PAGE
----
Xon and Jared, teach the world. . . “. . . there is “salvation” and there is salvation. . .”

Jared, are you “saved” or are you saved? Please answer the question.

Robert K. said,
October 30, 2007 at 12:27 pm
FVists are the same people who in academia read the Iliad and declared that it’s about feminism.

Robert K. said,
October 30, 2007 at 6:31 pm
Let’s put an end to this current night of the living dead outbreak here on this thread of the notion that the critics of Federal Vision don’t understand them. We understand you like we understand Shelby Spong.

Robert K. said,
October 30, 2007 at 6:36 pm

“But I think this statement not only false, but crazy false. Now what do we do?”

Consult the signal coming in through the filling in James Jordan’s tooth.

Robert K. said,
October 30, 2007 at 9:19 pm

“The complaint that FV proponents are not being clear is understandable to some extent. The problem is that FV proponents are being perfectly clear. You just need to learn to think in terms of their theological categories if you are to properly understand them. Their ‘handish’ is impeccable. However, the feet are still listening to them as if they were trying to speak ‘footish’, but they are not. If they were they would not be able to say what they want to say the way that they want to say it.”

FV scholarship in action.

Thank you, Robert K., you positively slay me.


Sean Gerety said...

I can't tell if you're being a bit facetious or completely serious or a little bit of both, but Robert is a very good polemicist over all. As I recall, polemics was once a required skill for Reformed pastors. Now they want to have "scholarly" blogs, which is perhaps another way of saying they doesn't want to be embarrassed in front of their friends and peers.

FWIW I think Lane gives way too many concessions to Wilson, who, for some reason, he seems to think is not as bad as some of the other FVers. He even seems to give him a pass on justification. As I'm sure you agree, Wilson is far worse. Yet, Lane got miffed finally when I called Wilson a heretic and a two-face Janus. I guess not very politic or scholarly of me.

For me, much of the Reformed world has gotten a bit to genteel, if not outright effeminate. Which might explain to some degree why the FV has been allowed to grow for as long as it has.

Mark T. said...

Hi Sean,

It’s easier for me to swallow when I take a “big picture” approach. Lane was right when he tossed me from his blog for two reasons: First, it’s his blog and he can make whatever rules he wants. That’s fair in my book. And second, it’s patently unfair of me to think that Lane agrees with or approves of my assessment of Wilson and the FVists.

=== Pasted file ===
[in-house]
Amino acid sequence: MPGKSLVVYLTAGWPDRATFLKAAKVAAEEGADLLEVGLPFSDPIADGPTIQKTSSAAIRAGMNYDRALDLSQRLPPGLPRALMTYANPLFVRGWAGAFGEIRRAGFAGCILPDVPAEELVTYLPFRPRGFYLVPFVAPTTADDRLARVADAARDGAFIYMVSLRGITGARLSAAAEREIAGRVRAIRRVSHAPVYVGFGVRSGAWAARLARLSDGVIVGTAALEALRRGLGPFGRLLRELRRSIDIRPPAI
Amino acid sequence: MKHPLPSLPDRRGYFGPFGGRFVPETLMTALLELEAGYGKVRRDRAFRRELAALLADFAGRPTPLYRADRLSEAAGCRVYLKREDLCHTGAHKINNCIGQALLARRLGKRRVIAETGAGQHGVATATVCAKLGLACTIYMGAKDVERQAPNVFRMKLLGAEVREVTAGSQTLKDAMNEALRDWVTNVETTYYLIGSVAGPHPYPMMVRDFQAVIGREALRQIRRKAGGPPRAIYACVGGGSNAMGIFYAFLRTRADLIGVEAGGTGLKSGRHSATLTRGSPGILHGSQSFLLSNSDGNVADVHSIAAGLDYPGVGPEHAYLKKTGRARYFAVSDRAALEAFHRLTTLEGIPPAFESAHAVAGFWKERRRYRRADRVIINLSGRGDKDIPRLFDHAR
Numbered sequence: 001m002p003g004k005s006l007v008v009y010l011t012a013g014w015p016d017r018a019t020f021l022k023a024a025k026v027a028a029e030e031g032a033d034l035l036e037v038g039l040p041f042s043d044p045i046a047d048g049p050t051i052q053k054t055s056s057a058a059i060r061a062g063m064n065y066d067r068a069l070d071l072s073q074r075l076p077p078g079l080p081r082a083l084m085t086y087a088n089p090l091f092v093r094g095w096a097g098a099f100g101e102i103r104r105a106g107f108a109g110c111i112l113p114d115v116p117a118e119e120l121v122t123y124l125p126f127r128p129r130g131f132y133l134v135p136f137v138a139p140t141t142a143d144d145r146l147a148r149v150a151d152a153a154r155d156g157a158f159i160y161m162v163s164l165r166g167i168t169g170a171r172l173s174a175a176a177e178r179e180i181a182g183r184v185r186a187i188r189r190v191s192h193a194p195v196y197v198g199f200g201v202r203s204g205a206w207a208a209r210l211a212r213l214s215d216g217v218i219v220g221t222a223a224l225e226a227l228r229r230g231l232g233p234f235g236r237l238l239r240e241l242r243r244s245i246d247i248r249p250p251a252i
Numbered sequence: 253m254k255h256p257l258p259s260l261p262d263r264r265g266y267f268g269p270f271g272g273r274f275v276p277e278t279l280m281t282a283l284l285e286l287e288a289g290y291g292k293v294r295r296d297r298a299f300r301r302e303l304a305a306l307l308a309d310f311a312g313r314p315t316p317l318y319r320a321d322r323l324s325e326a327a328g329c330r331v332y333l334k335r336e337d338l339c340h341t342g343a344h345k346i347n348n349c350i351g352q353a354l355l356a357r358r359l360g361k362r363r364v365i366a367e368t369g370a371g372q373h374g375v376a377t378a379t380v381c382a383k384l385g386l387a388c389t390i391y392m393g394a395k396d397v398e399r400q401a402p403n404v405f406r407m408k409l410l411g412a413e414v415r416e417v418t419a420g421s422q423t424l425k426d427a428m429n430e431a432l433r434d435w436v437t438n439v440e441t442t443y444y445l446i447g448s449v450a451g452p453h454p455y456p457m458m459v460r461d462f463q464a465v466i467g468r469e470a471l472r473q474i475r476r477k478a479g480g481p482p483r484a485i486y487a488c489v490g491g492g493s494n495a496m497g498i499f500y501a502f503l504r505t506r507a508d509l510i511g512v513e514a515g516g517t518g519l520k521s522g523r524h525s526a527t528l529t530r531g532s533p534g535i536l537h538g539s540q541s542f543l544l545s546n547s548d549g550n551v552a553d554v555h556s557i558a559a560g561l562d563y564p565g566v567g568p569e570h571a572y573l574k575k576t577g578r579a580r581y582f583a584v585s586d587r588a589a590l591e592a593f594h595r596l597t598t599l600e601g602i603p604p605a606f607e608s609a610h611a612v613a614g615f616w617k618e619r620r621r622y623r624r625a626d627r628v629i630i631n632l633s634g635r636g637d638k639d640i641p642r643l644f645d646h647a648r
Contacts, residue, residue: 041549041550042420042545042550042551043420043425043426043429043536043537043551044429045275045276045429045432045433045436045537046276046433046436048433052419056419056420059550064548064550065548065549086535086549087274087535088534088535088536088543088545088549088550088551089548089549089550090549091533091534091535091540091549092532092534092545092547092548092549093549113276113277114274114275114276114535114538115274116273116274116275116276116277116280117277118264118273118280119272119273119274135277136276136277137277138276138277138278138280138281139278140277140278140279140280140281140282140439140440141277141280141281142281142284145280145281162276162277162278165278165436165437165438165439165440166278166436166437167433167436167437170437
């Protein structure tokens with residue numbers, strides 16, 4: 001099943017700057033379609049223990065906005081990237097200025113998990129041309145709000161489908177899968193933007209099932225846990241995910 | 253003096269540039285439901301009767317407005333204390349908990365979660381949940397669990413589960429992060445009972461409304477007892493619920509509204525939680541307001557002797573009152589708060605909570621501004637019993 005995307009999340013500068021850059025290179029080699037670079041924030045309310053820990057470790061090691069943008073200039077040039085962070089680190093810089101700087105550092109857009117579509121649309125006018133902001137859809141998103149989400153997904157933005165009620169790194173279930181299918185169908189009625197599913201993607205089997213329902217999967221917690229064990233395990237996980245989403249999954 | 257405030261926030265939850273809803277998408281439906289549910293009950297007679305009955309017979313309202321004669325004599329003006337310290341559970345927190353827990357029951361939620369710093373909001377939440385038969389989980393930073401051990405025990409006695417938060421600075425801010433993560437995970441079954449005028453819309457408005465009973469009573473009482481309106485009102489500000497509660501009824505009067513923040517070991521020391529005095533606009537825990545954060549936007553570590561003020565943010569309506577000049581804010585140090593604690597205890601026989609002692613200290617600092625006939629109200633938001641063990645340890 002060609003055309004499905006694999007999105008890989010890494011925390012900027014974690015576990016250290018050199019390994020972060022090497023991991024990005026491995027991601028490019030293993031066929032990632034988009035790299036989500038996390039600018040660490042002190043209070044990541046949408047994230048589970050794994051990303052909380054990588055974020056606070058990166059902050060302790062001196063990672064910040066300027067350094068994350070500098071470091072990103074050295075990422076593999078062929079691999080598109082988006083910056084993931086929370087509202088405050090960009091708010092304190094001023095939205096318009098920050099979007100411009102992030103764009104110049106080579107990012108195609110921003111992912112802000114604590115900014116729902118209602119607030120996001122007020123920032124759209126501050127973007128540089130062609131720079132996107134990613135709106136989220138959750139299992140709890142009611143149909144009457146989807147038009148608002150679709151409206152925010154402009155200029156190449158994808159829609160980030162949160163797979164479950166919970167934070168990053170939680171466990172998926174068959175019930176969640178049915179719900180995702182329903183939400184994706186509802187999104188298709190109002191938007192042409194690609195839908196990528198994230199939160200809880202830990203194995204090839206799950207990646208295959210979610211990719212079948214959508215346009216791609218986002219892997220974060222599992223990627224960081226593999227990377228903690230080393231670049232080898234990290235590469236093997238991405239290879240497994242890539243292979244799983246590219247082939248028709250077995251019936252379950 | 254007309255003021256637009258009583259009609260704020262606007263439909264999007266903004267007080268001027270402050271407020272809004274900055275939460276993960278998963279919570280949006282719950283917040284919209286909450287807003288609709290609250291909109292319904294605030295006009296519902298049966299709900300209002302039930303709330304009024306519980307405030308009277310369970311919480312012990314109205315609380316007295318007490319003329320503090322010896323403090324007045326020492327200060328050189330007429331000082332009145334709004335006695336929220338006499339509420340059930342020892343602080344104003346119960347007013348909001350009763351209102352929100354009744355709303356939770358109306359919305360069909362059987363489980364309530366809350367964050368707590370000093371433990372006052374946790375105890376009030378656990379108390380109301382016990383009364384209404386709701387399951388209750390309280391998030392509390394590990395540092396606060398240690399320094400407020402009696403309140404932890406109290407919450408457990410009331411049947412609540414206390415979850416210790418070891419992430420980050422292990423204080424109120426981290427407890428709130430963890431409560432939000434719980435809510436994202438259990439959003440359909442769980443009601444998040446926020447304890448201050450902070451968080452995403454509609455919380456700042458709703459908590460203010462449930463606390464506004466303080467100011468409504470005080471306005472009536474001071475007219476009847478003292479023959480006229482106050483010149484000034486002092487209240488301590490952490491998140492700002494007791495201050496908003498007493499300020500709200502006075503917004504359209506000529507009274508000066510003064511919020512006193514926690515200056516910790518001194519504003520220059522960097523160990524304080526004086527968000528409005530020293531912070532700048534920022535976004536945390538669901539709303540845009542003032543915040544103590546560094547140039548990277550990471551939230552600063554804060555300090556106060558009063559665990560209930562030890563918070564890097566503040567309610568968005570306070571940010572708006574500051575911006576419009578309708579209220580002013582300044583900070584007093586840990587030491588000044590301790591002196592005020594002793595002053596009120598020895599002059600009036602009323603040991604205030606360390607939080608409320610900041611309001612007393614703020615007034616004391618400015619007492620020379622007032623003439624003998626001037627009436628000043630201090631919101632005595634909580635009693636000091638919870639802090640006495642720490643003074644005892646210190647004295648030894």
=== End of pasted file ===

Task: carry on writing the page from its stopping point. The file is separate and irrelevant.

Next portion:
I called Wilson a snake and I was right and wrong. Wilson is a snake, as I demonstrated in my post “Snakes Within the Covenant,” but I cannot expect others at this stage of the game to know what I know, and when they’re in the middle of personal transactions with him I can’t expect them to allow my presence to disrupt their overall objective.

Personally, I thought Robert, Stewart the monkey boy, and I went over the edge; I thought that your comments were right on (and relatively benign) given your personal interaction with Wilson on Green Baggins — and more so given the abuse he handed you and Dr. Robbins on his blog. But I understand Lane’s pulling the trigger out of a desire to not offend his chief guest, who needs his seat protected in this conversation to insure that he keeps coming around.

I suspect that Lane has a long-term goal that doesn’t need either of our conclusions for support, though in the end he will probably land with us. His personal exchanges with Wilson are invaluable. It’s a first as far as I know, and he doesn’t need us to get in the way. Remember that you and Robbins wrote a book review of “Reformed” Is Not Enough but your book didn’t include personal interaction with the author.

So I uploaded my blog to play by my rules and disclose my information, which I believe will help our brothers in the Reformed church understand the man — the snake — Douglas Wilson. You’re right. I’m dead serious and I’m facetious. These guys are a total joke but we need to take them seriously because of the threat they pose. And I’m with you. Hang them all from the highest yardarm — they’ve wasted too much time and destroyed too many lives. But I’m not in charge and I understand that it doesn’t work my way.